America's manufacturing slowdown worsened last month as weaker demand sent activity to its lowest level in nearly three years, according to a survey released Thursday.
It was the fourth straight monthly decline in manufacturing and brought the sector perilously close to contraction, according to the Institute for Supply Management.
It was a setback for President Donald Trump who has focused his attention on boosting manufacturing, and launched aggressive trade conflicts with China and US trading partners in a bid to shore up American industry.
But ISM's nationwide manufacturing index fell to 51.2 percent in July, the lowest since August 2016, down a half point from June. Economists had expected a small increase.
Any reading above 50 indicates growth but the index is now well below a 12-month peak of 60.8 recorded in August of last year.
Now in the red for three months, new orders plunged deeper into contraction, showing steadily weakening demand. Export orders, a sign of foreign demand, also fell into contraction.
Factory output is in decline around the world as the global economy slows, with Trump's trade wars also weighing on the sector by raising prices and creating uncertainty, analysts say.
Timothy Fiore, chair of ISM's manufacturing survey, told reporters the uninterrupted slump in US manufacturing was worrisome.
"In all previous declines we've had ups and downs and we've had four straight months here of declines," he said.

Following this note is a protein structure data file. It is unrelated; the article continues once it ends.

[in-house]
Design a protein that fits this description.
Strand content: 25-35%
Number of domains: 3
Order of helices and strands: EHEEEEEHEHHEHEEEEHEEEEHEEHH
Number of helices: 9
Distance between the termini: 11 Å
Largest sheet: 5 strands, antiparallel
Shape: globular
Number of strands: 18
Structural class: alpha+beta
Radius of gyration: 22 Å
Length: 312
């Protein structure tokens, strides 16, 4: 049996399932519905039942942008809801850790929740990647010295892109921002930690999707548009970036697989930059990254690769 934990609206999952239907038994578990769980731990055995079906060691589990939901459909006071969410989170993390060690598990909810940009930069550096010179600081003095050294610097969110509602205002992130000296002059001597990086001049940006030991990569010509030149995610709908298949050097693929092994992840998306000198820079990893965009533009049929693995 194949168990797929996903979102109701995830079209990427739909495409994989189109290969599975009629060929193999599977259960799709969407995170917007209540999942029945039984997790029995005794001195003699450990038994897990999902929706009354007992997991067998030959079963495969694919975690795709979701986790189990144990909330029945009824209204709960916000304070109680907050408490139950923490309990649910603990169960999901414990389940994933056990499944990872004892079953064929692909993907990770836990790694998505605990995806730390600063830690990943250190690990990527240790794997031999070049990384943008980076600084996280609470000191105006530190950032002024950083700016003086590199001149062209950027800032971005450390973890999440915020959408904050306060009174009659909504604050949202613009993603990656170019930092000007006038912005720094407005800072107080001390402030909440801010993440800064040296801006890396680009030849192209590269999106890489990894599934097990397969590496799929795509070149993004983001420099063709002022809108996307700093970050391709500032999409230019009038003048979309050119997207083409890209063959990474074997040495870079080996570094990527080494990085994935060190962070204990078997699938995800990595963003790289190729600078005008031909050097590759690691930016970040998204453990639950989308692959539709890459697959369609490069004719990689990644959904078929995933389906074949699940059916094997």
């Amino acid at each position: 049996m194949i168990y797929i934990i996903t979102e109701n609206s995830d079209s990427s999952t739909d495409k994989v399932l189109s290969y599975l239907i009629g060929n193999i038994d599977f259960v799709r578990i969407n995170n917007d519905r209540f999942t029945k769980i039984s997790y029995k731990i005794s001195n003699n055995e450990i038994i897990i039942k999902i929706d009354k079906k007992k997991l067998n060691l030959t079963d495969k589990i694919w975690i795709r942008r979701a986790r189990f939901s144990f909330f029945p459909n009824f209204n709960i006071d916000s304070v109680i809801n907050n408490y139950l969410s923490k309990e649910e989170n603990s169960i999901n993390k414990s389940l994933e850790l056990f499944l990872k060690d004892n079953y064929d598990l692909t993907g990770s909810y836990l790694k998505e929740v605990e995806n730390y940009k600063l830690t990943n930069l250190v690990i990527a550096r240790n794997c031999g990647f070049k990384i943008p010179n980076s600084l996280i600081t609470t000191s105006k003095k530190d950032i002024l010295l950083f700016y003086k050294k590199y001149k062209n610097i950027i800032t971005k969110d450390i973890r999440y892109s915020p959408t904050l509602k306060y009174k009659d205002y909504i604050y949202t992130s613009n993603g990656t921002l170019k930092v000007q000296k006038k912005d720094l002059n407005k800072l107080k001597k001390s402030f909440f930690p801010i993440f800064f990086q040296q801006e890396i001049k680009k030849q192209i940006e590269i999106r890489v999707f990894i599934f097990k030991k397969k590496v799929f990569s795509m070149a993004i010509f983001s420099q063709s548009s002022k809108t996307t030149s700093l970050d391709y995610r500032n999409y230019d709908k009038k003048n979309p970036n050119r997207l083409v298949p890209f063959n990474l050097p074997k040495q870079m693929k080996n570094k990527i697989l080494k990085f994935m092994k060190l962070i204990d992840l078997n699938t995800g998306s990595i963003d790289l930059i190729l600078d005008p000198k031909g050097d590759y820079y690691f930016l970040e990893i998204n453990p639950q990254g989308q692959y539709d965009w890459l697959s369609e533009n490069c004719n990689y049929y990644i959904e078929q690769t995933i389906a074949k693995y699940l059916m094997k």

But, he added, "I'm not sure that I'm ready to say that we're ready to contract."
Nine of 18 manufacturing sectors contracted, including metal goods manufacturers and steel mills, electrical equipment, machinery and transportation -- an industry badly hit by Boeing's 737 MAX crisis.
Boeing has slowed production of its 737 MAX jets, which have been grounded worldwide since March in the wake of two deadly crashes.
One survey respondent said, "We are a third-tier supplier to [a major aircraft manufacturer], and it appears its production slowdown of [an aircraft] is having a direct effect on our slowing orders."
Employment growth in manufacturing persisted but was significantly slower than in June, according to the survey.
Federal Reserve data indicate the US manufacturing sector was in recession for the first half of 2019.
Fiore said manufacturers got some relief after President Donald Trump called off a threat to impose tariffs on imports from Mexico.
But producers now appeared resigned to living with the tariffs Trump has placed on roughly $250 billion in Chinese imports since last year.
"I think the community is kind of accepting the fact that those tariffs are going to remain for quite some time," he said.